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GNOME Power-Profiles-Daemon Taking Shape For Better System/Laptop Power Controls

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  • GNOME Power-Profiles-Daemon Taking Shape For Better System/Laptop Power Controls

    Phoronix: GNOME Power-Profiles-Daemon Taking Shape For Better System/Laptop Power Controls

    The GNOME Power Profiles Daemon (power-profiles-daemon) has begun taking shape over the past few weeks for ultimately allowing better controls over system power preferences with different profiles...

    http://www.phoronix.com/scan.php?pag...rofiles-daemon

  • #2
    Hopefully this will give us hassle free more battery life. I tried Fedora on my macbook air when I bought it in 2013, and found the battery life is disastrous (~4 hrs idle, 2-3 hrs when coding).
    I knew there were ways to get the 10-hr battery life back through a bunch of tweaks, but it's a quite tedious process....

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    • #3
      Originally posted by zxy_thf View Post
      Hopefully this will give us hassle free more battery life. I tried Fedora on my macbook air when I bought it in 2013, and found the battery life is disastrous (~4 hrs idle, 2-3 hrs when coding).
      I knew there were ways to get the 10-hr battery life back through a bunch of tweaks, but it's a quite tedious process....
      Linux in 2013 wasn't particularly good in terms of battery life. The fact that you tried it on that horrible designed hardware without proper drivers as apple commits nothing at all didn't help the battery time either.

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      • #4
        Why not intergrate with tuned?

        - dbus
        - profiles
        - maintained by Red Hat
        - can generate hardware specific profiles using powertop

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        • #5
          Originally posted by Britoid View Post
          Why not intergrate with tuned?

          - dbus
          - profiles
          - maintained by Red Hat
          - can generate hardware specific profiles using powertop
          From the README:
          Originally posted by README.txt on gitlab.freedesktop.org
          Why not...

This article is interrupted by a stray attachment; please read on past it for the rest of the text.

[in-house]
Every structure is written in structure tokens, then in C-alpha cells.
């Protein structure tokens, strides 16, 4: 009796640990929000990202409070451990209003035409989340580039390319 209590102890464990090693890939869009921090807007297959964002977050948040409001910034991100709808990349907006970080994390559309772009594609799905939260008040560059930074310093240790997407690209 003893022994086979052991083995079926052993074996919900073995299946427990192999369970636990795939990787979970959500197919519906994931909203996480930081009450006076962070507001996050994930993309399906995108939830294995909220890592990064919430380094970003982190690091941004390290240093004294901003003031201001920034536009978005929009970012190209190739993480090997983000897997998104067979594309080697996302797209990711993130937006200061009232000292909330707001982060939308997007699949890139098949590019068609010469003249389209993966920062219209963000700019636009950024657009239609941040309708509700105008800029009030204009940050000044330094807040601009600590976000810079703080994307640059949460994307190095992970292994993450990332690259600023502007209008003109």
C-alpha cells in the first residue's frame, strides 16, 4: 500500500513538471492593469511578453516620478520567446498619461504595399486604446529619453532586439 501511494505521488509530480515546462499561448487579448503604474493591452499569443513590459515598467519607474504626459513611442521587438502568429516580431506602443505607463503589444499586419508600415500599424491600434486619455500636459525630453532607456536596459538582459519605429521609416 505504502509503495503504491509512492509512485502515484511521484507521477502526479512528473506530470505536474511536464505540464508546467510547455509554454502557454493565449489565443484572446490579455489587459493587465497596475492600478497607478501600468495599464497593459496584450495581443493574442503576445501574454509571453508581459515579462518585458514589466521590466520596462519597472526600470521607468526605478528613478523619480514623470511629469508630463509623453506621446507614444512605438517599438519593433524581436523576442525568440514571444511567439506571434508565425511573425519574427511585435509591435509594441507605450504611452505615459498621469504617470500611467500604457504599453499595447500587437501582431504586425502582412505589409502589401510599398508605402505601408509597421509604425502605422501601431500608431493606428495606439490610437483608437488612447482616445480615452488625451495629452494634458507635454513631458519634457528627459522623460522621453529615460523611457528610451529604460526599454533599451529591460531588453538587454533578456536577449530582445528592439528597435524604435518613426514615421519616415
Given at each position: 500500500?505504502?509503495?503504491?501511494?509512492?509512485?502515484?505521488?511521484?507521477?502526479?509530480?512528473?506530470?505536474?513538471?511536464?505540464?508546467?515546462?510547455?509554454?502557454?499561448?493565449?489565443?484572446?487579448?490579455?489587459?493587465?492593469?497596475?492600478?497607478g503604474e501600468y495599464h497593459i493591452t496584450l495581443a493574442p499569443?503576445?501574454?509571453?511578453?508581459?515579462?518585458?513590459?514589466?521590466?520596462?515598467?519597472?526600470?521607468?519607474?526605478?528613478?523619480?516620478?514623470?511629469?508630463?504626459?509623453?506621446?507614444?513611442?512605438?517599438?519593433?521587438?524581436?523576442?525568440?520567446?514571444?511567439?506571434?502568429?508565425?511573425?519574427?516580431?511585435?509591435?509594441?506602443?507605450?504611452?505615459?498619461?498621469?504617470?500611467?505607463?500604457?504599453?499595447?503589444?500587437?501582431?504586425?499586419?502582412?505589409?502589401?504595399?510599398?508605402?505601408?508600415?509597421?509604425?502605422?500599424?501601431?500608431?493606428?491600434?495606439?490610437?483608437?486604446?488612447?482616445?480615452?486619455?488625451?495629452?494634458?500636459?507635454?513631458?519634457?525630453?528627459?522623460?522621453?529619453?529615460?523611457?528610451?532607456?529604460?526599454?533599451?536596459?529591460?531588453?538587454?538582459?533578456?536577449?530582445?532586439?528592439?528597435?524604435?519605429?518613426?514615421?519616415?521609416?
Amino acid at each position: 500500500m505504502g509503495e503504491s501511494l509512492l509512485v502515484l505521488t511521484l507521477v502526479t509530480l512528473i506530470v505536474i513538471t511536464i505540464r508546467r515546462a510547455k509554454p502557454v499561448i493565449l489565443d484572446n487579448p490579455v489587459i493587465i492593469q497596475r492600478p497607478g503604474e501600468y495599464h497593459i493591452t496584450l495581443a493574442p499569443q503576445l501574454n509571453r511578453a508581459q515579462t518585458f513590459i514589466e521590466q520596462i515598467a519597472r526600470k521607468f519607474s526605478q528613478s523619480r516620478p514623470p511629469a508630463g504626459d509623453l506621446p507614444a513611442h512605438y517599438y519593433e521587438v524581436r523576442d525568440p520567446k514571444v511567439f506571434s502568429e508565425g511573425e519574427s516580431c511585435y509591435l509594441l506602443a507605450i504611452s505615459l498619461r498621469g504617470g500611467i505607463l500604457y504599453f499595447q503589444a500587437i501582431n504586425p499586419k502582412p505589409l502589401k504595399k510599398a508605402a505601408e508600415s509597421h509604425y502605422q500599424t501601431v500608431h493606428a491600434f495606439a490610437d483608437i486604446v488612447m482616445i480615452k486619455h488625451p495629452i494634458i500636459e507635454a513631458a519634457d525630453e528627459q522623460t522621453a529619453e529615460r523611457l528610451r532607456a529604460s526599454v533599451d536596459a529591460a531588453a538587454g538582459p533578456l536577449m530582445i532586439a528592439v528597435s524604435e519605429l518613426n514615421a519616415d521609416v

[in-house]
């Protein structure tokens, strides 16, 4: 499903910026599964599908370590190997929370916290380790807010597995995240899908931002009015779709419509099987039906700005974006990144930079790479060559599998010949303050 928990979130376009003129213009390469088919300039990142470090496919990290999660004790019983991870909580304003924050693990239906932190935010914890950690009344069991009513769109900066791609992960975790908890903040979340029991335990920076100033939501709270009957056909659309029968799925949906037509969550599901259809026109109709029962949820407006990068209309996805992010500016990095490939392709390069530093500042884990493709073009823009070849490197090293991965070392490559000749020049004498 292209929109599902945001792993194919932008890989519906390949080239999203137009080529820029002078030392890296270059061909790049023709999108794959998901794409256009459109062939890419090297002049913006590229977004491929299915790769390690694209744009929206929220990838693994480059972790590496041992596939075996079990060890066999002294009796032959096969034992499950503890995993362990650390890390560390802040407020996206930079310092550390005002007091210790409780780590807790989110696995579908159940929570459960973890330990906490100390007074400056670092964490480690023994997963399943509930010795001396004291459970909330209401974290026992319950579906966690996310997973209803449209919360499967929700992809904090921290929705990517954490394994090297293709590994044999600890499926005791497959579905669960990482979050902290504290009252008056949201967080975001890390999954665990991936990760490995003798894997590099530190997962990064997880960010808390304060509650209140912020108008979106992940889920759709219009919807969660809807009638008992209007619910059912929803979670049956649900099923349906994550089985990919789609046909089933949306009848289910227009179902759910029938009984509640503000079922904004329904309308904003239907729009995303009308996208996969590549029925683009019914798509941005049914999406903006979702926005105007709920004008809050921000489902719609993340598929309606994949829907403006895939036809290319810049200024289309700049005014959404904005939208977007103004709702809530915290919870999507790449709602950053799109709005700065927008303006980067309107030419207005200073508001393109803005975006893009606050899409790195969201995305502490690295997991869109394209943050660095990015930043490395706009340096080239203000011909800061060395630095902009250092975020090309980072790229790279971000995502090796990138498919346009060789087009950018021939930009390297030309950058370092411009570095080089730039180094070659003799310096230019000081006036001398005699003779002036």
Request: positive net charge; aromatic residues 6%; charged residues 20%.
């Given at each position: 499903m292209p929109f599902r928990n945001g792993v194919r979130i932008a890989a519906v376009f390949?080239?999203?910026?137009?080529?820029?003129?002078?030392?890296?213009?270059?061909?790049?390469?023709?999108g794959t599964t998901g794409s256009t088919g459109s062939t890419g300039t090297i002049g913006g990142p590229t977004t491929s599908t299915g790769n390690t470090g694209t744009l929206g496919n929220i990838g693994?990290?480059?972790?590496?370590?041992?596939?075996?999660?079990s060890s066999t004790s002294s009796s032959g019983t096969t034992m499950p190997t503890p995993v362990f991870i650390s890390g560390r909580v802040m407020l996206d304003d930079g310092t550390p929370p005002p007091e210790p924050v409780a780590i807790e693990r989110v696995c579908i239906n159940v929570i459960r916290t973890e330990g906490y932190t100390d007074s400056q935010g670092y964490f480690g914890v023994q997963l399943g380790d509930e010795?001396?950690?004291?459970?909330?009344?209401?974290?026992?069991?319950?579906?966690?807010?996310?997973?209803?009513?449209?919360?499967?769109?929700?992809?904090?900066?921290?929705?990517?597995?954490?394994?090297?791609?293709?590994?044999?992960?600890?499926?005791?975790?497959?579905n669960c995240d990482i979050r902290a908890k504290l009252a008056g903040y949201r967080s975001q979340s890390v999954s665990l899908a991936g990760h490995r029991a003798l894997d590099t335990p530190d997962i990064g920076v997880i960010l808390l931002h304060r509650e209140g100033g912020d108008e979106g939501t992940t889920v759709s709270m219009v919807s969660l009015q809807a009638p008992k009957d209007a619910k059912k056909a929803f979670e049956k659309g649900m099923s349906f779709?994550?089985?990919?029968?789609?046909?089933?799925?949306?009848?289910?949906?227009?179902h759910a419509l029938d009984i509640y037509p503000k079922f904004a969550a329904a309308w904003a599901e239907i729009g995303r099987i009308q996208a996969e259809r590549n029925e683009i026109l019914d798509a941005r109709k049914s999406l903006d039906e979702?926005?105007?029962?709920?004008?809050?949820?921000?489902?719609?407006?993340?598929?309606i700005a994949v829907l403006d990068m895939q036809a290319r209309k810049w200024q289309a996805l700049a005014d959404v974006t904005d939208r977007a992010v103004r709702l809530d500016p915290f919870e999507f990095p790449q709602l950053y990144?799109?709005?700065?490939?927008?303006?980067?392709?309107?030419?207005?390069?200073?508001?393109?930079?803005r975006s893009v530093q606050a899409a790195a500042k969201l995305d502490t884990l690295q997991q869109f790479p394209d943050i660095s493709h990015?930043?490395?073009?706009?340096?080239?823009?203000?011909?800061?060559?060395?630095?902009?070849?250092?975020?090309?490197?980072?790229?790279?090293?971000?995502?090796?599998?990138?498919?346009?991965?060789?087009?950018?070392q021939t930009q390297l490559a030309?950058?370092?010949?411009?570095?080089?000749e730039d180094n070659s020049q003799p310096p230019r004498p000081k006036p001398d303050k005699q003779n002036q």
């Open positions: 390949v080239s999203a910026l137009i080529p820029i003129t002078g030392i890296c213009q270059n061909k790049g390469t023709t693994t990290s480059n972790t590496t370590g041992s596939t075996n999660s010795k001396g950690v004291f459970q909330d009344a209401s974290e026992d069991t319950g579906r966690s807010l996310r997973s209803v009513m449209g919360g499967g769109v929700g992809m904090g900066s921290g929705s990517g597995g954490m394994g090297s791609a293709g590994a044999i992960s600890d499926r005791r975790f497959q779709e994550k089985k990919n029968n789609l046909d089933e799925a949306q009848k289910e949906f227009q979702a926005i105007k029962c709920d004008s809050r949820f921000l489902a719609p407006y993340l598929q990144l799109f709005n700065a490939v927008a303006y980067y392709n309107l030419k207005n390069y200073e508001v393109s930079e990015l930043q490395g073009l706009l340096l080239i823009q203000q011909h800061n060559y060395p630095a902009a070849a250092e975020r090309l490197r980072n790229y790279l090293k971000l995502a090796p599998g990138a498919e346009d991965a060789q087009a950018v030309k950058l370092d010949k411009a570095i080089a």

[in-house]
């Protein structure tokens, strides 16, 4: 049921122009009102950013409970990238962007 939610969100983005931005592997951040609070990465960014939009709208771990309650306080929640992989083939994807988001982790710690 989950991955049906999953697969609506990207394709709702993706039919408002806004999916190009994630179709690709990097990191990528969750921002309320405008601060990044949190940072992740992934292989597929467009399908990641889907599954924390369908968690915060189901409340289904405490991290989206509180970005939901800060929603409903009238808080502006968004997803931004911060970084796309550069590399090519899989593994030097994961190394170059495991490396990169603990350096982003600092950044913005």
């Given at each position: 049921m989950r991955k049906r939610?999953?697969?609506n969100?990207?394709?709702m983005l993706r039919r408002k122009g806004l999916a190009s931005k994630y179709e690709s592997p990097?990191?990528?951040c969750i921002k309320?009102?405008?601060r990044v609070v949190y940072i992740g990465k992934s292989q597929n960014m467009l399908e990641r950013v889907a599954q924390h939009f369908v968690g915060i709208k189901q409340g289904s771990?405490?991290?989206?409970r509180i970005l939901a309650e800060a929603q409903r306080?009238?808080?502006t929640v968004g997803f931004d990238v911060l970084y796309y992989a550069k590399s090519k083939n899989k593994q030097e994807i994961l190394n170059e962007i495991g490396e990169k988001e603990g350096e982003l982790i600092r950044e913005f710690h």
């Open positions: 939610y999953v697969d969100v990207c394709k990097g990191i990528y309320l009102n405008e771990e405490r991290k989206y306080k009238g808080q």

tuned and TLP

          Both projects have similar goals, allowing for tweaks to be applied, for a variety of workloads that goes far beyond the workloads and use cases that power-profiles-daemon targets.
          A fair number of the tweaks that could apply to devices running GNOME or another free desktop are either potentially destructive (eg. some of the SATA power-saving mode resulting in corrupted data), or working well enough to be put into place by default (eg. audio codec power-saving), even if some quirks might be needed on some hardware.
          Both are good projects to use if the intent is to experiment with particular settings to see if they'd be something that can be implemented by default, or to put some fine-grained policies in place on server-type workloads which are not as fluid and changing as desktop workloads can be.
          https://gitlab.freedesktop.org/hades...rofiles-daemon

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          • #6
            How is this going to differ from something like https://store.kde.org/p/1282623/, i.e. will it integrate Intel P-state and CPUFreq for intel based systems?

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            • #7
              This is pretty cool, it could also show remaining battery on Bluetooth headsets.

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              • #8
                Anything that makes Linux power management less finicky is welcome IMHO.

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                • #9
                  Originally posted by Alexmitter View Post

                  Linux in 2013 wasn't particularly good in terms of battery life. The fact that you tried it on that horrible designed hardware without proper drivers as apple commits nothing at all didn't help the battery time either.
                  Yeah, it all depends on the hardware. On my current ThinkPad, battery life isn't great on Linux but manageable. Could be better, could be worse. However, on my previous laptop, a Dell Chromebook 13, battery life was excellent with about 10 hours of heavy use and 11-12 hours of non-heavy use. And I'm talking full-blown Linux here, not ChromeOS (I replaced the latter with Linux by flashing the full SeaBIOS).

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                  • #10
                    is it really necessary for everything to have such long-winded names?

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